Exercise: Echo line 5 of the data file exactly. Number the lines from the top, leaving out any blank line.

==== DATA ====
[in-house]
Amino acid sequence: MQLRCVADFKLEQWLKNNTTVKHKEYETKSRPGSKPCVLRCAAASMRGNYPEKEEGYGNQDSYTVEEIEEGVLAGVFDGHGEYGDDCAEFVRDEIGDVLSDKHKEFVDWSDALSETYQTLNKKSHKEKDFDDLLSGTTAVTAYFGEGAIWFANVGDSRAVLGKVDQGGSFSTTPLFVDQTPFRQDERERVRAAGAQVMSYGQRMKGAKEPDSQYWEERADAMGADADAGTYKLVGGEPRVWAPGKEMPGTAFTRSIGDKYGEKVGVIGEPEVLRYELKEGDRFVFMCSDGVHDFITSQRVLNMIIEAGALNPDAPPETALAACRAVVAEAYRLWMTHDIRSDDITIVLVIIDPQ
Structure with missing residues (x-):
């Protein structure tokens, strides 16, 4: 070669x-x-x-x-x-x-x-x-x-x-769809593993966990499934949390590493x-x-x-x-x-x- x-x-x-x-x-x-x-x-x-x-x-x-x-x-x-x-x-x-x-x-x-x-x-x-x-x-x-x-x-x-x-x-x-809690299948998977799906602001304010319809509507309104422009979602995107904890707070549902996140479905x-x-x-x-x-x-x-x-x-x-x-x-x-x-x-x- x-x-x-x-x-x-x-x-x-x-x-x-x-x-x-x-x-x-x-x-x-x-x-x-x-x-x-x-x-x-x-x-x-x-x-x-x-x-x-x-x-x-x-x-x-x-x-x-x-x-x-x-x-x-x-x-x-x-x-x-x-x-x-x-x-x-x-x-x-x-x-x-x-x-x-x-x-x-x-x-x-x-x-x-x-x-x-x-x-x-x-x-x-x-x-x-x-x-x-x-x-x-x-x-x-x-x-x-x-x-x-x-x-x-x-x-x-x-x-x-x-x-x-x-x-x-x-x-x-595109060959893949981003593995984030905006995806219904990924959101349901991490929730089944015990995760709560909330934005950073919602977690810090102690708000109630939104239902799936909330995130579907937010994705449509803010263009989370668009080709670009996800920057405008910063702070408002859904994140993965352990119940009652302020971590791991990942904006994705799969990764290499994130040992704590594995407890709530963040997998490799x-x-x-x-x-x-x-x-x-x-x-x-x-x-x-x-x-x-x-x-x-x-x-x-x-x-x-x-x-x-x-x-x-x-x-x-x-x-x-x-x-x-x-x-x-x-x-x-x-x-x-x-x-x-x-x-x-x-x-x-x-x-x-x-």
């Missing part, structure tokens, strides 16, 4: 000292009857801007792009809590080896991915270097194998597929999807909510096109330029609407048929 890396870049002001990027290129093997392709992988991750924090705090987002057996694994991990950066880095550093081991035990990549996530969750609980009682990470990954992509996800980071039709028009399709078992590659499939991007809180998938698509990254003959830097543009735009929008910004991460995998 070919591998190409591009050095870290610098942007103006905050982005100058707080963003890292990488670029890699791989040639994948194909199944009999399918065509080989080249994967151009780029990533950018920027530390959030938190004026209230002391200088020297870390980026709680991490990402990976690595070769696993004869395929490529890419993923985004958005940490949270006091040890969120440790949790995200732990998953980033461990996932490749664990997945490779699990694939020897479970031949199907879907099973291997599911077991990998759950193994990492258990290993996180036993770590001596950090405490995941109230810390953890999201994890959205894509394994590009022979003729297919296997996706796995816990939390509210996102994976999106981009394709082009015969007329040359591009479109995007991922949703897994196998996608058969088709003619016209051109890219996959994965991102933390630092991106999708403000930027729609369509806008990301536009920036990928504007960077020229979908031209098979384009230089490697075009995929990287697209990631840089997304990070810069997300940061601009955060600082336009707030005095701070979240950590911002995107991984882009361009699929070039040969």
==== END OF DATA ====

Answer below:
């Missing part, structure tokens, strides 16, 4: 000292009857801007792009809590080896991915270097194998597929999807909510096109330029609407048929 890396870049002001990027290129093997392709992988991750924090705090987002057996694994991990950066880095550093081991035990990549996530969750609980009682990470990954992509996800980071039709028009399709078992590659499939991007809180998938698509990254003959830097543009735009929008910004991460995998 070919591998190409591009050095870290610098942007103006905050982005100058707080963003890292990488670029890699791989040639994948194909199944009999399918065509080989080249994967151009780029990533950018920027530390959030938190004026209230002391200088020297870390980026709680991490990402990976690595070769696993004869395929490529890419993923985004958005940490949270006091040890969120440790949790995200732990998953980033461990996932490749664990997945490779699990694939020897479970031949199907879907099973291997599911077991990998759950193994990492258990290993996180036993770590001596950090405490995941109230810390953890999201994890959205894509394994590009022979003729297919296997996706796995816990939390509210996102994976999106981009394709082009015969007329040359591009479109995007991922949703897994196998996608058969088709003619016209051109890219996959994965991102933390630092991106999708403000930027729609369509806008990301536009920036990928504007960077020229979908031209098979384009230089490697075009995929990287697209990631840089997304990070810069997300940061601009955060600082336009707030005095701070979240950590911002995107991984882009361009699929070039040969």